Sunday, February 17, 2008

Actually, there wasn't much blood.

Just saw P.T. Anderson's There Will Be Blood over the weekend. It's an intense movie--scripted more like a play than a typical sweeping historical epic. I won't make this into a review or detailed plot discussion, but I did find the film's treatment of religion complex and fascinating.

Organized religion and godless capitalism are each skewered mercilessly, but the story pays more attention to human personality than to large impersonal systems. Both the young Pentecostal preacher and the oil baron protagonist appear sympathetic at times, but in time both are consumed by anger, greed, and pride. I'm not sure if the message is that the two systems are equally bankrupt, or simply that people are more more fragile and corruptible than their belief systems.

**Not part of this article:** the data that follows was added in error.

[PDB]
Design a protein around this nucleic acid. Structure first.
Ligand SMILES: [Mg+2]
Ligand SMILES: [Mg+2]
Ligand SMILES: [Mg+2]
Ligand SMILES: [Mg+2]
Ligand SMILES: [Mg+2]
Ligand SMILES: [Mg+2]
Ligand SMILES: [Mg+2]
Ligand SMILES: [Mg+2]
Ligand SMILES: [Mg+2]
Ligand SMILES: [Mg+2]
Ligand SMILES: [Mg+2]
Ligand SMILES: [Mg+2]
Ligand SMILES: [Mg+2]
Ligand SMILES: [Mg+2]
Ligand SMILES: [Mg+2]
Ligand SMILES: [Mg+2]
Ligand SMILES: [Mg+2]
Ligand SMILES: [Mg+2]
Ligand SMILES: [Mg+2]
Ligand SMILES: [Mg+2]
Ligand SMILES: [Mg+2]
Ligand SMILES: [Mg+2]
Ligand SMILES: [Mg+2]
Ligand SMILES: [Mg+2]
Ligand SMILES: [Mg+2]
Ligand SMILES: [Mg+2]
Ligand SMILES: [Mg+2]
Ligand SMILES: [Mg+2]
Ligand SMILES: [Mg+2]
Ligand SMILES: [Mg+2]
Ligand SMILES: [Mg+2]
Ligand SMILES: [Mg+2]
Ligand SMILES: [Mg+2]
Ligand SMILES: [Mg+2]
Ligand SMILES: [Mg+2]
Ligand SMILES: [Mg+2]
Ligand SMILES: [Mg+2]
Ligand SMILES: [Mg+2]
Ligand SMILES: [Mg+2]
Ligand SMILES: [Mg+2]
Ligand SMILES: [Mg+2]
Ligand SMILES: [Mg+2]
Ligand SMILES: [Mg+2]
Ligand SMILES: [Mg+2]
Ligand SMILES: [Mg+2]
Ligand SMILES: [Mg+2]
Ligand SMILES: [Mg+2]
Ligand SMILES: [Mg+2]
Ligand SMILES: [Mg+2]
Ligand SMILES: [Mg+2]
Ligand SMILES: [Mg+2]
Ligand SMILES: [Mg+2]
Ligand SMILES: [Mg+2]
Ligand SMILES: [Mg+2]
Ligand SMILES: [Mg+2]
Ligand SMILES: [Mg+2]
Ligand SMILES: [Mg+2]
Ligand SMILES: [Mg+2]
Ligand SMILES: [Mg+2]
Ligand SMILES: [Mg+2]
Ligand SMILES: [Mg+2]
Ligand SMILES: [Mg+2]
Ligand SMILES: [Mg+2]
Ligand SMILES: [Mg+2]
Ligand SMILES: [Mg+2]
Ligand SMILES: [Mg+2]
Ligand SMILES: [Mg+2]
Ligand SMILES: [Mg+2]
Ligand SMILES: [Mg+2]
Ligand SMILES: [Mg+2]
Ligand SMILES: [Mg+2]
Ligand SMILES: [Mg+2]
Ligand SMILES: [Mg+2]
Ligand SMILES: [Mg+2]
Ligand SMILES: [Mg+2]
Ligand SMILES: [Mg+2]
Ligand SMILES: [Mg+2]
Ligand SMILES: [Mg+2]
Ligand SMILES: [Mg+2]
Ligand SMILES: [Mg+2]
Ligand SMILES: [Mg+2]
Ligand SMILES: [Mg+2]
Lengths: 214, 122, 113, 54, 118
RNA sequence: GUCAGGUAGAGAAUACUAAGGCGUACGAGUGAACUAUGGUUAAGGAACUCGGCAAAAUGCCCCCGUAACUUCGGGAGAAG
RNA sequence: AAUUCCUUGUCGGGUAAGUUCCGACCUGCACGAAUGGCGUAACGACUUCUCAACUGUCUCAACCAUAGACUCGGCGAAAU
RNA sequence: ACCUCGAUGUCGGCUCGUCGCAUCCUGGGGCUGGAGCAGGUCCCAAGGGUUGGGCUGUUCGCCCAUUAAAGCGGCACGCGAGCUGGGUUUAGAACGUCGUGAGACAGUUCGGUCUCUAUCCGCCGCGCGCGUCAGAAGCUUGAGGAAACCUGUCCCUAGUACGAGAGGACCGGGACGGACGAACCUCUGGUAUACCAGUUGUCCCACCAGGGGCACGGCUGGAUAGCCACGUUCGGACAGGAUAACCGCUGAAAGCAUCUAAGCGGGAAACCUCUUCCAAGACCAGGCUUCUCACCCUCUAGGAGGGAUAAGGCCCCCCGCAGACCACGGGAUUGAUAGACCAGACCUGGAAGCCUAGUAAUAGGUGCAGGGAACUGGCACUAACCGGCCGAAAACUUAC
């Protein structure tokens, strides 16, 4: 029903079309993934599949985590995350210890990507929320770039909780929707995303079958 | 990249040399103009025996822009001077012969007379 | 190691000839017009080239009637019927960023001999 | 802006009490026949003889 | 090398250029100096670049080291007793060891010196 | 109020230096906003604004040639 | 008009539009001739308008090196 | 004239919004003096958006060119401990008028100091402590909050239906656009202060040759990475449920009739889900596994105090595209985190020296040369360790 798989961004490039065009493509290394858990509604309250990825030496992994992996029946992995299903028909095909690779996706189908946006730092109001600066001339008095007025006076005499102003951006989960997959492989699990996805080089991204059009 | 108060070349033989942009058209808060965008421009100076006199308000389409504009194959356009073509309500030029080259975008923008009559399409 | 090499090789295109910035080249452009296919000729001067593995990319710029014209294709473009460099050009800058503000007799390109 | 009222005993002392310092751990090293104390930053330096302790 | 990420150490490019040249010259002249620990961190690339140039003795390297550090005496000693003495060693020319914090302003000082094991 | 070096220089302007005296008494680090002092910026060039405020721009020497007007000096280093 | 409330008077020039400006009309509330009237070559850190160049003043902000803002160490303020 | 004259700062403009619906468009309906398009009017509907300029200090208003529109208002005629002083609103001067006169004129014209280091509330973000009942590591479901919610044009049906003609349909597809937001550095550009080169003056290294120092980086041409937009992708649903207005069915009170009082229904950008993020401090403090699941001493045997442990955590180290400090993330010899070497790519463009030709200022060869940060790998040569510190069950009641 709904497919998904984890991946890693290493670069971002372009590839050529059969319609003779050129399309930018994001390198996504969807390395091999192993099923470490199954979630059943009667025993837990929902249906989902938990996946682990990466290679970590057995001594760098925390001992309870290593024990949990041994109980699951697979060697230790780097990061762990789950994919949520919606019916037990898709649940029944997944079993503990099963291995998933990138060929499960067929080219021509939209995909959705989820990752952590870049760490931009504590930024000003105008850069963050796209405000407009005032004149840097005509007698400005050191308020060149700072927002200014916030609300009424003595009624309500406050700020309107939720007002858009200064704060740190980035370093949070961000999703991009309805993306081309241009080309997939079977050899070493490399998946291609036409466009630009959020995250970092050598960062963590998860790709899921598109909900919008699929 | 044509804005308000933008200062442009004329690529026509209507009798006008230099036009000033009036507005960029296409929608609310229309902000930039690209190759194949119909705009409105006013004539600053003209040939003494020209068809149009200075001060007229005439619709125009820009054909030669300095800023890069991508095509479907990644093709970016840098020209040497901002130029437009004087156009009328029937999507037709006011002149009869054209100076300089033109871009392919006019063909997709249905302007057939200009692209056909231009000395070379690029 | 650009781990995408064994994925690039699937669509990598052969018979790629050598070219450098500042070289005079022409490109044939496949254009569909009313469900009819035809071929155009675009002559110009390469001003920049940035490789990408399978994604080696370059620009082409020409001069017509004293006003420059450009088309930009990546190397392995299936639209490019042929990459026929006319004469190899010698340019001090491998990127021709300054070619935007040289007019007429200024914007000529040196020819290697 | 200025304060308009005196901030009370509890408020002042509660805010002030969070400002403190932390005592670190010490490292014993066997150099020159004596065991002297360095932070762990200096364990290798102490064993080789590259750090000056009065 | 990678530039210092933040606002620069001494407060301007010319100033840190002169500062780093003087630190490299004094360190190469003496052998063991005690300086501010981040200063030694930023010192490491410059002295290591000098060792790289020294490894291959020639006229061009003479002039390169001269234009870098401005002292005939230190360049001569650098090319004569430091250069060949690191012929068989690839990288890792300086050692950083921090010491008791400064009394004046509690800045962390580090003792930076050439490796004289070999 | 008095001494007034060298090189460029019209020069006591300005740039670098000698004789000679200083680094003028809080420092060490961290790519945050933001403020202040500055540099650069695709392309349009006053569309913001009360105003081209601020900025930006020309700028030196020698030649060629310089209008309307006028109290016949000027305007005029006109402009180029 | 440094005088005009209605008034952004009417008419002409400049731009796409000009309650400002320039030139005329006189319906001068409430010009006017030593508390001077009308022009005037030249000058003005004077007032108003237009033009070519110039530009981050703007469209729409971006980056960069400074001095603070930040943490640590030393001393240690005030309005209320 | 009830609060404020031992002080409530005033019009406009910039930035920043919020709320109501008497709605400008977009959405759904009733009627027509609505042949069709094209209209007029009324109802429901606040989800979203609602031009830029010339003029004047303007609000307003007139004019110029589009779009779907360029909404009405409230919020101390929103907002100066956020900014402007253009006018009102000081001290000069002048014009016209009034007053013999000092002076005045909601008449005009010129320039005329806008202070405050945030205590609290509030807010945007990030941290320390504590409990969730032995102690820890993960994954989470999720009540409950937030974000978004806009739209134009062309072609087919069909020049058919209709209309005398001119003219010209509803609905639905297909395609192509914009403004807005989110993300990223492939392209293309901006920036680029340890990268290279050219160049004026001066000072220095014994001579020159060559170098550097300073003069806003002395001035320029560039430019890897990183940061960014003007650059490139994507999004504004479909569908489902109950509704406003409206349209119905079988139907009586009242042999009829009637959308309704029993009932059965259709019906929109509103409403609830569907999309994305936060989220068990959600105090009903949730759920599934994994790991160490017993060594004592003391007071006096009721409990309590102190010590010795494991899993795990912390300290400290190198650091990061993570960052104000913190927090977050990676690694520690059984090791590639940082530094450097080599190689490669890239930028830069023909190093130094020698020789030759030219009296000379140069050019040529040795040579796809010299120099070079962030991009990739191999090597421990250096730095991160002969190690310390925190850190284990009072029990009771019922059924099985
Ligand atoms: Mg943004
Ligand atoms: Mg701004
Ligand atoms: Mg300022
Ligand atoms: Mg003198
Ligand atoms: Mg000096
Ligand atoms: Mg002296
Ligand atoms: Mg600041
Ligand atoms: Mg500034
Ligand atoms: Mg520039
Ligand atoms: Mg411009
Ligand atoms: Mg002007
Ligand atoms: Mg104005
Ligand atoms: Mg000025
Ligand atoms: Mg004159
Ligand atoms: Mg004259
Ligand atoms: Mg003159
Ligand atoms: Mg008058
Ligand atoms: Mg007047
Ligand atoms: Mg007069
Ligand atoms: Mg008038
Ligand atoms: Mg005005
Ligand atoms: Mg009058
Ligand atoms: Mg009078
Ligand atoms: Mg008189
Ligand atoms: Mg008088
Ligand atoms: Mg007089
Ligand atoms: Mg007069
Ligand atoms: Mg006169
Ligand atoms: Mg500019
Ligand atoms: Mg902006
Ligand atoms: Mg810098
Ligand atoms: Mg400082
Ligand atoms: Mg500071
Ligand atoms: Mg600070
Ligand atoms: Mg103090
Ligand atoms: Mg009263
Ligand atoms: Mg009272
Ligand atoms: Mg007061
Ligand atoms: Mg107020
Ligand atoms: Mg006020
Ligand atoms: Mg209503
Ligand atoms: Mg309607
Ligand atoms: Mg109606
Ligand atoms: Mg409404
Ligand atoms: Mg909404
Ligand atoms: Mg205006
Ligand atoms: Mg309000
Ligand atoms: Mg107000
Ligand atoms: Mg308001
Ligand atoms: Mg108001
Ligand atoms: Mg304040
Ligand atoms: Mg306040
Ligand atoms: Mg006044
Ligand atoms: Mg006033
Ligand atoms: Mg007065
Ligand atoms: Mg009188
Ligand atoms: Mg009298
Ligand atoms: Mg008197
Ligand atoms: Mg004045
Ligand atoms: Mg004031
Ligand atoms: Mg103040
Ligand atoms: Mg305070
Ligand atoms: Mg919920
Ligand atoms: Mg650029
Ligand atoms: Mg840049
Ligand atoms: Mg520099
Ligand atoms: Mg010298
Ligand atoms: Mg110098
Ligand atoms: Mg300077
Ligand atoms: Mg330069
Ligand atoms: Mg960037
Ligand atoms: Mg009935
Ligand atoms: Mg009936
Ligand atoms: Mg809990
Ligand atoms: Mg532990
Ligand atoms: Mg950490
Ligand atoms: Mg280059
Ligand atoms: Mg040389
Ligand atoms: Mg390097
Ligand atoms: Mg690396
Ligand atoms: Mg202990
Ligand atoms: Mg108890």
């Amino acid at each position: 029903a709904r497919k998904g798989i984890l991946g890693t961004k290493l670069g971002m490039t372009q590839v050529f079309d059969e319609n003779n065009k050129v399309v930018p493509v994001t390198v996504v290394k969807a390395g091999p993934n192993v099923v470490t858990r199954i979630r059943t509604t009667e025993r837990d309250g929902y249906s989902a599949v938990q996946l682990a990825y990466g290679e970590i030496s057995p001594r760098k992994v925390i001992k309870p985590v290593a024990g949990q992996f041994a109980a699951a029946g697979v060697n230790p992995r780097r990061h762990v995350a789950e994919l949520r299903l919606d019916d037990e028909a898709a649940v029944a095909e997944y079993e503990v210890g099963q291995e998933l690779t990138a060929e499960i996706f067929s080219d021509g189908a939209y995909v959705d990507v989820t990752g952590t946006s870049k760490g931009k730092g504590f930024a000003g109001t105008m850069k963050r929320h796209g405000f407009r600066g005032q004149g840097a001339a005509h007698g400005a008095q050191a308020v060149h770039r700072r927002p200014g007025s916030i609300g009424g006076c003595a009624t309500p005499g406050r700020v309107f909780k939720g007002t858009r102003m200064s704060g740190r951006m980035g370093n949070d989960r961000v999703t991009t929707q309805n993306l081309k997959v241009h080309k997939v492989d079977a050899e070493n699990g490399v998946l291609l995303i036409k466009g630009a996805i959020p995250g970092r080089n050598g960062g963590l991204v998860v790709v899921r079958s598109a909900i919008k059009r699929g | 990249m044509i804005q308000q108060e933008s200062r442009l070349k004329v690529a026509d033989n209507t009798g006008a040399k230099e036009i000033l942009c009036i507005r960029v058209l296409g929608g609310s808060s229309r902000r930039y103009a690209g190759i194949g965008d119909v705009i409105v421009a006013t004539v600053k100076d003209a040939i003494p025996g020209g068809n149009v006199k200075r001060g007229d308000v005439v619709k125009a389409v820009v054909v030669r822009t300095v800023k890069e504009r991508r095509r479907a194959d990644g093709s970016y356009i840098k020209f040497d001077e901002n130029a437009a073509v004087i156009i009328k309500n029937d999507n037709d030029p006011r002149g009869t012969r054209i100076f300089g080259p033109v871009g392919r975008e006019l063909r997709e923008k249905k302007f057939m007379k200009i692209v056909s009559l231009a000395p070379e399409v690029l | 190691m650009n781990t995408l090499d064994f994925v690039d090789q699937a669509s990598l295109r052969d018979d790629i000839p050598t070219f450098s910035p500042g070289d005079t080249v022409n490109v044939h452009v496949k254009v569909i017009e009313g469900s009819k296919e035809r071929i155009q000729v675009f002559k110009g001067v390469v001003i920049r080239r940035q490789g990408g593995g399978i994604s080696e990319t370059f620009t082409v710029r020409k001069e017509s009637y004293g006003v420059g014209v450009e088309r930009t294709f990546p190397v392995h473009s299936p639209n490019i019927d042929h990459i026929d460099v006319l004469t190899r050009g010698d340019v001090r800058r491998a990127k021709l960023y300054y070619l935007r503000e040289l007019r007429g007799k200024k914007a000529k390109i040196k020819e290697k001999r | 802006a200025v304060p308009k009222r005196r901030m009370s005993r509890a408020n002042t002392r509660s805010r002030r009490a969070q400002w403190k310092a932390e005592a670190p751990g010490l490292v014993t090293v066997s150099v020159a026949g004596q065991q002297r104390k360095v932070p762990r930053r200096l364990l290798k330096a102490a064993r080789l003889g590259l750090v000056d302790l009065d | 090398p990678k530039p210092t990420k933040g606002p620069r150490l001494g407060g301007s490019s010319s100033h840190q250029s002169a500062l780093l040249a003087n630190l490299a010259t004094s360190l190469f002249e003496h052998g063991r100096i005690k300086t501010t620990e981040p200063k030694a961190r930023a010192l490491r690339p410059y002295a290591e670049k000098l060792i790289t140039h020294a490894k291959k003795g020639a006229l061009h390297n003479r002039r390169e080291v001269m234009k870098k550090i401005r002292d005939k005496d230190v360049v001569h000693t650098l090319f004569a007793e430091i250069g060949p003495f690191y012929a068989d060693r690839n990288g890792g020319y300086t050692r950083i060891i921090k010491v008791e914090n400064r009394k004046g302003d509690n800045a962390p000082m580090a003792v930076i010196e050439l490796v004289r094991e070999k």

I am also not sure if the director is positing a universe with God in it (mind you, this is a vengeful God who curses oil drills) or a universe of meaningless chaos. I think we're supposed to be left on the fence. Sort of like real life.

1 comment:

Anna Mills said...

Thanks--this is a beautiful succinct statement of the central questions left unanswered. I think the film respects the sincerity of religious experience even as it explores all the ways it can be perverted. There's no "opiate of the masses" reductionism here. I think that's why it reminds me of Doestoevsky even though there's no explicit celebration of religiosity as there is in Doestoevsky's novels. In both, however, there's a kind of reverence for the depth of complexity and contradiction in the human soul.